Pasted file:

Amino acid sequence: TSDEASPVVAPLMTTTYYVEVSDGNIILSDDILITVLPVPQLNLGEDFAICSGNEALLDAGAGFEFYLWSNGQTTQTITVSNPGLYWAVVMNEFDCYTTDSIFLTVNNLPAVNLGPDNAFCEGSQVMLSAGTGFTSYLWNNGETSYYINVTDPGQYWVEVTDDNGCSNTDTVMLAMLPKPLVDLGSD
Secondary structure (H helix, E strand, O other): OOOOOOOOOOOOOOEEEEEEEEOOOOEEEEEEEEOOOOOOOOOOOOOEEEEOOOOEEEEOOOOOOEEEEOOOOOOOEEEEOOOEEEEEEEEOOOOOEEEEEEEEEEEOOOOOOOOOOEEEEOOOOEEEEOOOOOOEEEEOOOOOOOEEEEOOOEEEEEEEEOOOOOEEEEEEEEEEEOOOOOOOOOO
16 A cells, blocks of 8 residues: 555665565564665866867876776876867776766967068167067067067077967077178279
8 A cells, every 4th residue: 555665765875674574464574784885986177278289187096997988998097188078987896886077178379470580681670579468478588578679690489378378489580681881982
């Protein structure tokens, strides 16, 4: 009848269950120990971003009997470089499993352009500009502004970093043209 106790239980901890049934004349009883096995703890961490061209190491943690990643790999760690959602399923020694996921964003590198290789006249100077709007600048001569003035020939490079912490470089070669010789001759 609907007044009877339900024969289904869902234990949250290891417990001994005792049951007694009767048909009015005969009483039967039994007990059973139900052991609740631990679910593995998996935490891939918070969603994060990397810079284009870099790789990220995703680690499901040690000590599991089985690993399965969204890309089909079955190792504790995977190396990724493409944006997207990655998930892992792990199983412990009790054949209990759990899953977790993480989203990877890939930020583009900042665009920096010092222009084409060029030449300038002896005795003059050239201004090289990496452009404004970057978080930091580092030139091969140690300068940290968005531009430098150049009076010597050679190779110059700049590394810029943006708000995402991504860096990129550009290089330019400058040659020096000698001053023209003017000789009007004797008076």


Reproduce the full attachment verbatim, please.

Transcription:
Amino acid sequence: TSDEASPVVAPLMTTTYYVEVSDGNIILSDDILITVLPVPQLNLGEDFAICSGNEALLDAGAGFEFYLWSNGQTTQTITVSNPGLYWAVVMNEFDCYTTDSIFLTVNNLPAVNLGPDNAFCEGSQVMLSAGTGFTSYLWNNGETSYYINVTDPGQYWVEVTDDNGCSNTDTVMLAMLPKPLVDLGSD
Secondary structure (H helix, E strand, O other): OOOOOOOOOOOOOOEEEEEEEEOOOOEEEEEEEEOOOOOOOOOOOOOEEEEOOOOEEEEOOOOOOEEEEOOOOOOOEEEEOOOEEEEEEEEOOOOOEEEEEEEEEEEOOOOOOOOOOEEEEOOOOEEEEOOOOOOEEEEOOOOOOOEEEEOOOEEEEEEEEOOOOOEEEEEEEEEEEOOOOOOOOOO
16 A cells, blocks of 8 residues: 555665565564665866867876776876867776766967068167067067067077967077178279
8 A cells, every 4th residue: 555665765875674574464574784885986177278289187096997988998097188078987896886077178379470580681670579468478588578679690489378378489580681881982
């Protein structure tokens, strides 16, 4: 009848269950120990971003009997470089499993352009500009502004970093043209 106790239980901890049934004349009883096995703890961490061209190491943690990643790999760690959602399923020694996921964003590198290789006249100077709007600048001569003035020939490079912490470089070669010789001759 609907007044009877339900024969289904869902234990949250290891417990001994005792049951007694009767048909009015005969009483039967039994007990059973139900052991609740631990679910593995998996935490891939918070969603994060990397810079284009870099790789990220995703680690499901040690000590599991089985690993399965969204890309089909079955190792504790995977190396990724493409944006997207990655998930892992792990199983412990009790054949209990759990899953977790993480989203990877890939930020583009900042665009920096010092222009084409060029030449300038002896005795003059050239201004090289990496452009404004970057978080930091580092030139091969140690300068940290968005531009430098150049009076010597050679190779110059700049590394810029943006708000995402991504860096990129550009290089330019400058040659020096000698001053023209003017000789009007004797008076």